Evaluation work plan
Oversee or engage in the development of a work plan that sets out the specific activities to implement the evaluation.
This should include identification of the reporting requirements and a dissemination plan.
The work plan can refer to existing documentation, so there is no need to start from scratch or duplicate effort. For large, multi-stakeholder evaluations, it may be helpful to spell out the roles and responsibilities of different actors and make the work plan a more formal document.
What should the evaluation work plan contain?
The evaluation work plan is a written document that specifies the evaluation design and details the practices and procedures to use in conducting the evaluation including:
- The evaluation framework –the project / program objectives and theory of change or logic model, the evaluation questions, the evaluation context (such as aspects of the organization, staff, participants etc. which may affect the evaluation) and time frame;
- The evaluation design, methods and processes –types of information needed, data collection and analysis methods, compliance with ethical standards (including informed consent, confidentiality, etc.), quality assurance processes (such as training of data collectors, data cleaning etc.), compliance with reporting requirements, dissemination of evaluation findings and supporting use (in case of external evaluators, the latter tasks may be / may not be included in their responsibilities);
- Who will do which tasks and when in the evaluation implementation;
- Contingencies –how challenges in the evaluation implementation will be identified and addressed.
Estimates of time needed for pre-evaluation as well as evaluation activities should be realistic, but need to incorporate some flexibility (or at least some openness to re-negotiation) to be able to deal with unanticipated challenges in the implementation of the evaluation.
How should the evaluation work plan be developed?
If the evaluation is conducted by internal evaluators, it is their responsibility to develop the plan –with or without the help of an outside consultant– and in consultation with the program manager and/or other program staff.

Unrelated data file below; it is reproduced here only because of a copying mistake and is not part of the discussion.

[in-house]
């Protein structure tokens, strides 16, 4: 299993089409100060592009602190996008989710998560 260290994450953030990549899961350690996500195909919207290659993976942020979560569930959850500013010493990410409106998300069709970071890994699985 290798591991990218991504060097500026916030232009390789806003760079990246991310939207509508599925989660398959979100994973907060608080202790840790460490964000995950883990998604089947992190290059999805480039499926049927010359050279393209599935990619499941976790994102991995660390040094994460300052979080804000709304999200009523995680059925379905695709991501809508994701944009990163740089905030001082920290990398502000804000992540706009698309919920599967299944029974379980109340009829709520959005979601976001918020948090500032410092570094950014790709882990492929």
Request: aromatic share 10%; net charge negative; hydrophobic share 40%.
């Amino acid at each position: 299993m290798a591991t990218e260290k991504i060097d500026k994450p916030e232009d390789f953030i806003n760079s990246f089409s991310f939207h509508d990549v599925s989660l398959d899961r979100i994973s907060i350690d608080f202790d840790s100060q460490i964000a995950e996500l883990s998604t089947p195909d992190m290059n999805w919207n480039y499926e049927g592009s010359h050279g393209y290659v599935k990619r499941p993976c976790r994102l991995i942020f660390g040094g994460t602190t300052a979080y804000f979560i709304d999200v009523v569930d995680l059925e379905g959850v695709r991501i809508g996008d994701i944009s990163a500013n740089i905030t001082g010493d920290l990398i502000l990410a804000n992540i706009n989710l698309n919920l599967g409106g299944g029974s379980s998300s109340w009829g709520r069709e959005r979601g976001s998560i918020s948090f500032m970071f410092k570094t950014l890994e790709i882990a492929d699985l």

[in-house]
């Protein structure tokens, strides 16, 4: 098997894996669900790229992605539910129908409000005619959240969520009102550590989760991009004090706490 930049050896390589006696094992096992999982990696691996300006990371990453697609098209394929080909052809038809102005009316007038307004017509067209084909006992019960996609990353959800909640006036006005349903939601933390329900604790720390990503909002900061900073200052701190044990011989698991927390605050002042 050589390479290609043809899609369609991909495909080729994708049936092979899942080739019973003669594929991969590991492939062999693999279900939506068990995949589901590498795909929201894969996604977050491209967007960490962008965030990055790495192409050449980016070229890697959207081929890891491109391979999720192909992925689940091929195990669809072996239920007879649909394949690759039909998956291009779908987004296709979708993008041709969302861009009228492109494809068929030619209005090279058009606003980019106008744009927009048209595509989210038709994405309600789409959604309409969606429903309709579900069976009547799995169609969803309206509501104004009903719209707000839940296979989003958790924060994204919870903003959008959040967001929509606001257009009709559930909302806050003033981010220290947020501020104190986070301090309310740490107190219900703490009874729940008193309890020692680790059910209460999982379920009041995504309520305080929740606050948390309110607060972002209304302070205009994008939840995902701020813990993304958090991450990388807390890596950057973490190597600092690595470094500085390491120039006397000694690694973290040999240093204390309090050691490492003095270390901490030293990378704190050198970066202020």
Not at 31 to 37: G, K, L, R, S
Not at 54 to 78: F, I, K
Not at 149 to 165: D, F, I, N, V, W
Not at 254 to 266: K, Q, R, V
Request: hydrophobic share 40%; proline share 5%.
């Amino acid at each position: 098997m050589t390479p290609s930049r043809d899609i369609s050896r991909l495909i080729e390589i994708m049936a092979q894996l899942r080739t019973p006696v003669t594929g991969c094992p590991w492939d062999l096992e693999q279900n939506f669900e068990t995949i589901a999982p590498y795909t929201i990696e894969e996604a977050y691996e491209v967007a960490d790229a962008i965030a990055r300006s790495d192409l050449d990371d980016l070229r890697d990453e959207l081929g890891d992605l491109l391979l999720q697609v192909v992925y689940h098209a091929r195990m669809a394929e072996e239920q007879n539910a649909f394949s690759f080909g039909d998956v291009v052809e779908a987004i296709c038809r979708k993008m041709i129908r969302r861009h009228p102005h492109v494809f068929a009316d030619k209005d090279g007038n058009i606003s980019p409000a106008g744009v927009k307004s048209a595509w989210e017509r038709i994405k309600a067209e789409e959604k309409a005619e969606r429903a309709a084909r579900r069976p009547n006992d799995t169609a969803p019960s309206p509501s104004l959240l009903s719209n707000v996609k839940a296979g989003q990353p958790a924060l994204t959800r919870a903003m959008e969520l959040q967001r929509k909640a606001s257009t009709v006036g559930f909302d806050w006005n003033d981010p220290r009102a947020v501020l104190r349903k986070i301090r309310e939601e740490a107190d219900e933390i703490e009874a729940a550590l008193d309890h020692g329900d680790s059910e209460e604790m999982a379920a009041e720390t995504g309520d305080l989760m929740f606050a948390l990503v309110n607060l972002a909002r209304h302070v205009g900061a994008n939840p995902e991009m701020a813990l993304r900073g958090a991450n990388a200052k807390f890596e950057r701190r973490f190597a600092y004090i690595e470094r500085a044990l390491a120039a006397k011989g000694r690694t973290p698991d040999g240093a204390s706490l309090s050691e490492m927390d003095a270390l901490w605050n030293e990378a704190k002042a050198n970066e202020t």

If the evaluation is conducted by external evaluators, the development of the evaluation plan is usually the first deliverable in their contract.
The evaluation plan should be developed well in advance of the start of the evaluation (at least 2-3 months) to allow for: review by relevant stakeholders; making necessary changes; obtaining ethical approval, where required (such as through an Institutional Review Board, IRB); and, pilot testing data collection instruments, as needed.
Review of the evaluation plan may include determining whether it:
- is consistent with the available evaluation resources and agreed evaluation objectives;
- focuses on the most important types of information to know (i.e., need to know rather than nice to know);
- does not place undue burden on project / program staff or participants;
- is ethical and culturally appropriate.
Reviewers may include: project / program staff, internal or external evaluation experts, advisory board members, the organization’s administrators, project / program participants and relevant community members.
What does evaluation logistics planning entail?
If logistics are poorly thought out or under-funded, even the best evaluation team will not be successful. Hence, an evaluation logistics plan should be detailed and well-coordinated to support the different evaluation activities.
Critical logistical planning may include: negotiation of site visit dates, objectives and on the ground requirements (such as staff availability, access to documents/data etc.); necessary notification of officials or community leaders to ensure access and cooperation/collaboration; requirements for transportation, lodging, food, office space and other facilities; requirements for translators or other specific services (such as security).
The commissioning organization may take on the logistics for the evaluation fully or partially, regardless of whether internal or external evaluators are used. In either case, a designated evaluation logistician should be identified to ensure everything runs smoothly and to problem-solve where needed.
The following items are potential outputs from this step. Where possible, it might be useful to research other deliverables that have also been shown to be effective.
- Evaluation work plan
- Evaluation logistics plan
Here are some examples of work plans for IDRC-commissioned evaluations.
'Evaluation work plan' is referenced in:
- Communication for Development (C4D) :
- Manager's guide to evaluation :